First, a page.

The following homily was delivered by Archbishop Peter A Comensoli at the concluding Mass of celebrations marking the centenary of the arrival of the Salesians of Don Bosco in Australia.
Where would Jesus have found a child at such short notice? As we just heard (Matthew 18:1-5), the group of disciples had asked about power and authority, and Jesus immediately called a little child to sit among them, as a model for them. But where would he have found a child so quickly?
Perhaps we need to imagine where Jesus would have been with his small band of disciples. In all likelihood, they would have been out in the public space of the village or town they were in. Like in so many locations, even today, it was in the public square, the piazza, or simply the open space around which homes and shops were built, that people gathered. It would have also been the place where the children played, under their parents’ supervision.
There, in the public square, Jesus would have readily been able to call over a kid from their play, to join in among the adults. Jesus might have known the child already: Miriam’s kid, Joachim’s boy – “Come over here for a moment.” The child herself might very well have been a bit irritated at being taken away from her friends, yet also a bit pleased that she was being called to be among the grown-ups.
And there she was, hearing Jesus tell the adults that they needed to become like her. What a treat! What did she, and the other children have, that Jesus saw in them, which would make them the greatest in the Kingdom of heaven? Perhaps we can find an answer in St Paul’s words to the Philippians. He said, “Always be joyful; I say again, be joyful.”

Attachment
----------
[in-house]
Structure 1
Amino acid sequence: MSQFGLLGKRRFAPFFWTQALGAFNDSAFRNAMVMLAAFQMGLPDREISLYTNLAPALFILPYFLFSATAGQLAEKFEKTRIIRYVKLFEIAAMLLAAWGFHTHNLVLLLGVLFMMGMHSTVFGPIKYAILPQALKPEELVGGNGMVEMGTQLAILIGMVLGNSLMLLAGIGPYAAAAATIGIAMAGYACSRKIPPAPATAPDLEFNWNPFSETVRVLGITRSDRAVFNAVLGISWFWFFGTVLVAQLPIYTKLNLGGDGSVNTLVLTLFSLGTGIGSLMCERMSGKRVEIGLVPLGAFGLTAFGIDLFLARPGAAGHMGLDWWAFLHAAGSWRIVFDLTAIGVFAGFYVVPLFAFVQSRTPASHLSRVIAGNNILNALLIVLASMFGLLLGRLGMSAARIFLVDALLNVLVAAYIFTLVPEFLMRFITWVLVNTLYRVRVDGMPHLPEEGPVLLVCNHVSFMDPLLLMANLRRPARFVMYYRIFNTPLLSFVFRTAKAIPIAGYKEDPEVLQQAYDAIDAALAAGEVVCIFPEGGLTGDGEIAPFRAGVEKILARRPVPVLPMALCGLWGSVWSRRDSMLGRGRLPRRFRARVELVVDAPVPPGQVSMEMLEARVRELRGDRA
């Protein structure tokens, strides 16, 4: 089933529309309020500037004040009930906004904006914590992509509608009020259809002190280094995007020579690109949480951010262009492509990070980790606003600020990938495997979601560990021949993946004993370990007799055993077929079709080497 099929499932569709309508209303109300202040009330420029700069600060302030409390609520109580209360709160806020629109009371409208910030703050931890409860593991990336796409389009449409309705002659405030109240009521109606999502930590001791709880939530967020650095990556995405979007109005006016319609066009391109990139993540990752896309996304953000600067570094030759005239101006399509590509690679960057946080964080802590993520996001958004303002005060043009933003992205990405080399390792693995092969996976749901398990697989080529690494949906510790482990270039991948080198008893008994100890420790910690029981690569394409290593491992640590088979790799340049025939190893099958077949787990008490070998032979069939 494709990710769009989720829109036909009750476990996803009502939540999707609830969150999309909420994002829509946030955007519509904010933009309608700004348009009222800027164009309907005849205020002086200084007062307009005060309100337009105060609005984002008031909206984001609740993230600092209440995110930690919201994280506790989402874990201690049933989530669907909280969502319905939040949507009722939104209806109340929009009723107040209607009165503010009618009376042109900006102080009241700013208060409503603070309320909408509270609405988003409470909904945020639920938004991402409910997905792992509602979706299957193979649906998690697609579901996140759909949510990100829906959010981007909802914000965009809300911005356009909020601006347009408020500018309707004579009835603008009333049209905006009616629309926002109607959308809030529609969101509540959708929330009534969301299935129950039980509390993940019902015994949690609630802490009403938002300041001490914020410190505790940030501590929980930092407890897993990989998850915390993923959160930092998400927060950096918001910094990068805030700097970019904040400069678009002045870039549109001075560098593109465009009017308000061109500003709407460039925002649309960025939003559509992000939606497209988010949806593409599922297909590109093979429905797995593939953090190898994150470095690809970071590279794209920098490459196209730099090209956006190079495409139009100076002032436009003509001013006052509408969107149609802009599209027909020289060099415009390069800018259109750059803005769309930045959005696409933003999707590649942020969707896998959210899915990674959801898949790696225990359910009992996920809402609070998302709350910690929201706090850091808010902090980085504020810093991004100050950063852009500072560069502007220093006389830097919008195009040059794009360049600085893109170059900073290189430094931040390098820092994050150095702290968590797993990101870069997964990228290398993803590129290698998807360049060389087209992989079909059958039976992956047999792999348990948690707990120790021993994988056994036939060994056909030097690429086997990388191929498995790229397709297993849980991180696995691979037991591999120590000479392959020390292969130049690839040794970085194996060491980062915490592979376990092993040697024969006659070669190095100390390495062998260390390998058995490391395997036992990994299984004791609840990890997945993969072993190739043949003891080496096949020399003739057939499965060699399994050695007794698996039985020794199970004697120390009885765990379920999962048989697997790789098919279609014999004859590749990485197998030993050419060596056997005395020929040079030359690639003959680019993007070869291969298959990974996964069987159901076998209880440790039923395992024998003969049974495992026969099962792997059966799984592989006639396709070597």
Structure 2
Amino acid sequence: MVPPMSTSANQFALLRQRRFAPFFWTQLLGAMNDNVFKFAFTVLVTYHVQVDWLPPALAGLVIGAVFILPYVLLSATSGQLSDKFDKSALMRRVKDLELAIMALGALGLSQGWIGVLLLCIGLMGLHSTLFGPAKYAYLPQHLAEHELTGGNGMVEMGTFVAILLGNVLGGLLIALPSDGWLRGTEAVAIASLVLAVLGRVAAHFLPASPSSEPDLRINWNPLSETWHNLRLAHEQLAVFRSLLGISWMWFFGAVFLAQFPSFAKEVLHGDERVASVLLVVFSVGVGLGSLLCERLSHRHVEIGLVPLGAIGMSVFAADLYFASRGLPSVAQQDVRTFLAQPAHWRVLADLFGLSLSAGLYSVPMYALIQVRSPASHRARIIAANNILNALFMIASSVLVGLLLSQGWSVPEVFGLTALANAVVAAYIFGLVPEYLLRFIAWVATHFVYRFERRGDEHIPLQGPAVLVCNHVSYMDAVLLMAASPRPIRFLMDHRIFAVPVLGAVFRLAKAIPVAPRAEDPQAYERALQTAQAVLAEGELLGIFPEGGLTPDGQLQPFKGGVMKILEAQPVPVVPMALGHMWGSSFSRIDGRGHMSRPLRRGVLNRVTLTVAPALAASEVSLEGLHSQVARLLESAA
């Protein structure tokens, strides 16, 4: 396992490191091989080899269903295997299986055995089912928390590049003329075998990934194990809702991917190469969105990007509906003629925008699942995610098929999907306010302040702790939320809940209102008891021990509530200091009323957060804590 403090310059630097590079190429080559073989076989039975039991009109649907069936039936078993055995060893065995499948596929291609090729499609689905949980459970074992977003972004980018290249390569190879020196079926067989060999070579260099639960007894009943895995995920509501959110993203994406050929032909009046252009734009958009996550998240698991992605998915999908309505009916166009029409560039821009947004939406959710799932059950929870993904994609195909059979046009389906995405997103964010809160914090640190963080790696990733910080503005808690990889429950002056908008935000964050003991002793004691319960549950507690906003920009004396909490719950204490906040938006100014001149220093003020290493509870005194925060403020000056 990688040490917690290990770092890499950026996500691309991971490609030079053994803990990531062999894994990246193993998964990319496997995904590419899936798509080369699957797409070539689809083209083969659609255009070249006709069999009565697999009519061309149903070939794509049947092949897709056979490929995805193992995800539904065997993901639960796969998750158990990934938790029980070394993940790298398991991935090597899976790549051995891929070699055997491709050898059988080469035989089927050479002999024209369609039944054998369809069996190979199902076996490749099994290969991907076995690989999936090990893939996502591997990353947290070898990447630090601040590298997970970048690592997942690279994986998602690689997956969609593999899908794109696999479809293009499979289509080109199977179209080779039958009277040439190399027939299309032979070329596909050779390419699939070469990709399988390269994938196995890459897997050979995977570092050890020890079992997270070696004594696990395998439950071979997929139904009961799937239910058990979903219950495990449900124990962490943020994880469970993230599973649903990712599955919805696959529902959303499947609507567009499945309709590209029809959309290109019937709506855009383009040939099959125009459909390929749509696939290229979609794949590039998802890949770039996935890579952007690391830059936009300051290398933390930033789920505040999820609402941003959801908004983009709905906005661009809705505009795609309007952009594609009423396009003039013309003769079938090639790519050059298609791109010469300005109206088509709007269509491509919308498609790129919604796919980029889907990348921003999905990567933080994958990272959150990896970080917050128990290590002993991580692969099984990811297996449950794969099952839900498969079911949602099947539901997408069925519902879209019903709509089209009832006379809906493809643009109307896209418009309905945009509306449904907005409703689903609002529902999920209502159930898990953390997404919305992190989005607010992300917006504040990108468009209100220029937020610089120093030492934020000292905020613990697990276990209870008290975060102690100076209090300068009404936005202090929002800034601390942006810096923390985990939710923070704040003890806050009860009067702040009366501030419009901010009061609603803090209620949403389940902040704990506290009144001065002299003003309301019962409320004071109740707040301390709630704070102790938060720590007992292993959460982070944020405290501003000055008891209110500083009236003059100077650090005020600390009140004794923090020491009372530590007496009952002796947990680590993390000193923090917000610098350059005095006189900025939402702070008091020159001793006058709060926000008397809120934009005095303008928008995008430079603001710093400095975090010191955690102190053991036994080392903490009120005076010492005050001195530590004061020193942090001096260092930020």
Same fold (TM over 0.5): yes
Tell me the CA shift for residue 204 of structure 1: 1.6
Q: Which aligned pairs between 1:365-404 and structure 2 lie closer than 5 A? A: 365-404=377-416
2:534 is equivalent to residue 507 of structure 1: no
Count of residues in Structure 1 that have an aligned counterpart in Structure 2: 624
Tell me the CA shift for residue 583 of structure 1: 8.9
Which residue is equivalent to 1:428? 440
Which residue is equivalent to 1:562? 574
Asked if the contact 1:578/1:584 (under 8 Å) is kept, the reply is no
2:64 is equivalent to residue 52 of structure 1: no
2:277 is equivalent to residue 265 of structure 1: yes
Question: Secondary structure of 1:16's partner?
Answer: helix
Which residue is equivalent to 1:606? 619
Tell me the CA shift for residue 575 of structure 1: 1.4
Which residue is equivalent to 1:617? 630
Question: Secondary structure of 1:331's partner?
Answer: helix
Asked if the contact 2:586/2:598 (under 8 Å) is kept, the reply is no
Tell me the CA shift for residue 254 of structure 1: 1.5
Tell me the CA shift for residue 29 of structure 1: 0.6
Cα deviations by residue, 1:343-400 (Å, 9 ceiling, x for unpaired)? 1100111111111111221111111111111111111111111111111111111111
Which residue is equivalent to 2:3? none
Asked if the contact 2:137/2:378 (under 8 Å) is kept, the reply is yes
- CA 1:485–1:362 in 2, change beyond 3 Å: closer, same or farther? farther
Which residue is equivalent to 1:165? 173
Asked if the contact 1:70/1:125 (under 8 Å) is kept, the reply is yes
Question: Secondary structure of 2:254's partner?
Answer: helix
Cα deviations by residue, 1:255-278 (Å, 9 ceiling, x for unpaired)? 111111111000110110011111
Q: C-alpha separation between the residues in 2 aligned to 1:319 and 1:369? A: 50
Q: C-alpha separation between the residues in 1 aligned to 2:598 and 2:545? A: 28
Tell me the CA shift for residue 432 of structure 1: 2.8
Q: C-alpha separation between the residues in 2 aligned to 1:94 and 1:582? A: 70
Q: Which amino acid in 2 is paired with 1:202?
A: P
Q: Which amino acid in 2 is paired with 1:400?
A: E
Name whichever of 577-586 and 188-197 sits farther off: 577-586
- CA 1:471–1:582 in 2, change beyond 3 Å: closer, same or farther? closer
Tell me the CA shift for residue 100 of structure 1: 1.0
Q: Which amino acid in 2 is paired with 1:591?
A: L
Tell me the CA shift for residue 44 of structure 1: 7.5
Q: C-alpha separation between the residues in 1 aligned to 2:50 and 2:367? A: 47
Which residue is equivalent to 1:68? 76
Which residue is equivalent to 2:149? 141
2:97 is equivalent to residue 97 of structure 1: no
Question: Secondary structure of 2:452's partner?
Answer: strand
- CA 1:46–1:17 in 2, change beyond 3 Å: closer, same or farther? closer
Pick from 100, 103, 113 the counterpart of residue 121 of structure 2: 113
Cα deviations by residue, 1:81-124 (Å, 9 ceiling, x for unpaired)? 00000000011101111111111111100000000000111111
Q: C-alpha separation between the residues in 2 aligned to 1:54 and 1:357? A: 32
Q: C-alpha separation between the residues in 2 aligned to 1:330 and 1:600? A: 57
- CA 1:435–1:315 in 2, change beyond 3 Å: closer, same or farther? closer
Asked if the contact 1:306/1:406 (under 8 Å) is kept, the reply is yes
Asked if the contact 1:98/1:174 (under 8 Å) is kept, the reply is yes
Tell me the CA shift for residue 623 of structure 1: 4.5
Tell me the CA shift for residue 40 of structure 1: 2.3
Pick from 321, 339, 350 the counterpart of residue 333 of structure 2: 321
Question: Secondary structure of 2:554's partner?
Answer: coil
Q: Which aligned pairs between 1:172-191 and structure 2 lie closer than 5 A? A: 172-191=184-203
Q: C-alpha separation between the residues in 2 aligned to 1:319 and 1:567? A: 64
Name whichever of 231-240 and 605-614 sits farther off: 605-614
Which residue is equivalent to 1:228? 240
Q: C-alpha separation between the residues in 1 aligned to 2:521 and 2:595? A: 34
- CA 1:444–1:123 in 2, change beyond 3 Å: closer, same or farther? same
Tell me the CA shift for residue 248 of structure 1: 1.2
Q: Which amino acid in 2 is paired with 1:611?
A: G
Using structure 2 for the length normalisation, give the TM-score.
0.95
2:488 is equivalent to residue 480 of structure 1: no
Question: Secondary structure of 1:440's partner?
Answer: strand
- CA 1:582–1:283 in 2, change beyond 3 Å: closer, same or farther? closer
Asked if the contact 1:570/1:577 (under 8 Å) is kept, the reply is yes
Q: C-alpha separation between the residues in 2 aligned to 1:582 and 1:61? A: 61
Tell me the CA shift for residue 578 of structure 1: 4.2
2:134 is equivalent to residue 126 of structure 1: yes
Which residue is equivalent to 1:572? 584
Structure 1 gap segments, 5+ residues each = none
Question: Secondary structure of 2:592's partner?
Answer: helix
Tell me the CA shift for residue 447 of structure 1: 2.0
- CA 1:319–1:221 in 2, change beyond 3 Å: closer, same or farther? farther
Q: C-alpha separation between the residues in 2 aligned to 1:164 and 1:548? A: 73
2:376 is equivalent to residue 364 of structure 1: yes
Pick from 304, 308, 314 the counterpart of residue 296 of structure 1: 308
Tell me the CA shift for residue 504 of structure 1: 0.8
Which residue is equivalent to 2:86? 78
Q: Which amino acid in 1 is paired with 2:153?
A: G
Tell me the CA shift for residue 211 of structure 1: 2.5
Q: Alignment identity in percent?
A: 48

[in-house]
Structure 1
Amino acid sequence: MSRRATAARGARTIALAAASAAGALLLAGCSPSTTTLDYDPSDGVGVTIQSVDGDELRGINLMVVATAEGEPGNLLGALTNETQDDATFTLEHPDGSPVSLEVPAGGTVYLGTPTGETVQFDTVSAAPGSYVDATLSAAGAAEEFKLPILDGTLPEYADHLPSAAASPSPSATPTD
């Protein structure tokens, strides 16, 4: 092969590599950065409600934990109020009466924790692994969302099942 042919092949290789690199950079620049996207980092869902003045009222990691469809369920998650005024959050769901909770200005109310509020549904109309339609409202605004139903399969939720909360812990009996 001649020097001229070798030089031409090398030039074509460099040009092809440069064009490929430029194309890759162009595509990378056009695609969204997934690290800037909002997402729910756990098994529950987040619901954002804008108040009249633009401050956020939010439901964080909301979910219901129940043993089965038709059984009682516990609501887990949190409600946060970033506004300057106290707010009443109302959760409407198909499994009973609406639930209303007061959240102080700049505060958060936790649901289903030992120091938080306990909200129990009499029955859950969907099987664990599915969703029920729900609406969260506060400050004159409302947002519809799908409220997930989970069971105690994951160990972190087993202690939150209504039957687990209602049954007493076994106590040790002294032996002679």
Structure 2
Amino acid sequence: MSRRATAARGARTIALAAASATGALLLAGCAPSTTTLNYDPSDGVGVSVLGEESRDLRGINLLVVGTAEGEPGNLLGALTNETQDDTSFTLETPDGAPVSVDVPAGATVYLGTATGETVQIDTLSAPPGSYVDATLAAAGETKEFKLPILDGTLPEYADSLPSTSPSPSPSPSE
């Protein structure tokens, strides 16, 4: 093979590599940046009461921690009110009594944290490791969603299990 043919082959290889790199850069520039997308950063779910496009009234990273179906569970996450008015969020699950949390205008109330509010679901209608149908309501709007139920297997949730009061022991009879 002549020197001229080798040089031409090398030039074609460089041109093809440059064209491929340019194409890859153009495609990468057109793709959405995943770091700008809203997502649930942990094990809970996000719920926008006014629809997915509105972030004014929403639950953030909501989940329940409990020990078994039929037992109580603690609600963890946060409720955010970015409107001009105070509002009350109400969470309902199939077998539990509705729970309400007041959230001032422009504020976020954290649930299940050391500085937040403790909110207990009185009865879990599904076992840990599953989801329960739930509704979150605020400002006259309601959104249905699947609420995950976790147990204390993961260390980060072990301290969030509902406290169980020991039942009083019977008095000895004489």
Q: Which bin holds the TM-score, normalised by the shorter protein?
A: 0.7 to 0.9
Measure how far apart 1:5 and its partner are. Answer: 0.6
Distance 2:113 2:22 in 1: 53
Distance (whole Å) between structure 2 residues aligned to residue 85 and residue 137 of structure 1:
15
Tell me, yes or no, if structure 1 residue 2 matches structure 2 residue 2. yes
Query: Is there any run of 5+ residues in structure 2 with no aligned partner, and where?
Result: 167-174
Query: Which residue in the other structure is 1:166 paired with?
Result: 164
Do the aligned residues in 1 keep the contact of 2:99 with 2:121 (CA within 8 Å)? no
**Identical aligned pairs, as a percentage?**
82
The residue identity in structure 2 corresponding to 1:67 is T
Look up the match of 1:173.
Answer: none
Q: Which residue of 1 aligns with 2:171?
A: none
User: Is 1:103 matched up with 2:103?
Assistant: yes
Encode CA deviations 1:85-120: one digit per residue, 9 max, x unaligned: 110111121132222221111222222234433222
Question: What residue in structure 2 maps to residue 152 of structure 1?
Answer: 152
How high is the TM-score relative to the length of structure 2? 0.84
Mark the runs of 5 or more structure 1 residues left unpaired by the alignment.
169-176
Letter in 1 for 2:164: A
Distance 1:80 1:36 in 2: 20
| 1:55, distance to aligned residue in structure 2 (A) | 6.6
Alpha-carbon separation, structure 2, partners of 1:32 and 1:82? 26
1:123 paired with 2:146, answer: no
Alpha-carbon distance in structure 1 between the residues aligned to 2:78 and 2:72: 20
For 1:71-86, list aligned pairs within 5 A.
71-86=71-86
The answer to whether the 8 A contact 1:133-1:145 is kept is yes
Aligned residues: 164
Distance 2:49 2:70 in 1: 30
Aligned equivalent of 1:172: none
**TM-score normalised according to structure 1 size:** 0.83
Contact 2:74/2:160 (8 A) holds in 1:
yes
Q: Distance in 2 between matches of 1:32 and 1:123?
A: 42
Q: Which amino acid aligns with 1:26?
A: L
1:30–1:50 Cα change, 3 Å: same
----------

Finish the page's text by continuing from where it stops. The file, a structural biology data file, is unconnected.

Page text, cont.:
While dictionaries tend to define joy merely as an emotion, which is fair enough but limited, joy in faith is a work to be done. The work is the pursuit of what is good. So, joy is the characteristic of someone who is pursuing something that is good. Children have this in abundance, and St Paul wanted it – above all else – to be the principle characteristic evident in the followers of Christ. Be joyful, always. Not sometimes, but all the time.
This is why joy is fundamentally distinct from happiness. Happiness is an outcome, not an activity. Joy, on the other hand, is a disposition, a way of living. You can be sad, yet joyful; in pain, but joyful; struggling, and joyful. Joy is found in gratitude and peace, as St Paul indicated; and to pursue these is to pursue the way of joy.
This is how the gospel is truly what the word means: good news. The joy of the gospel – evangelii gaudium – are clearly the most repeated words of Pope Francis. Nearly all his major letters and teachings begin with some version of the word ‘joy’. And again, as Jesus indicates, this is most evident in children.
Don Bosco found the children and young people to whom he would dedicate his life in the exact same places that Jesus found his little child – in the public squares of Turin. The oratories he established, as a way of living and learning, were a development of this same location. Are not the four ‘locations’ that characterise the Salesian way – home, church, school and playground – extensions of the ‘place’ where Jesus found the kingdom joy modelled by children?
As you celebrate this concluding Mass of the centenary of the arrival of the Salesians in Australia, might the call of the Lord to gospel joy be the ongoing mark of your lives, and may the good of God’s little ones be the model for your actions today, tomorrow and onwards.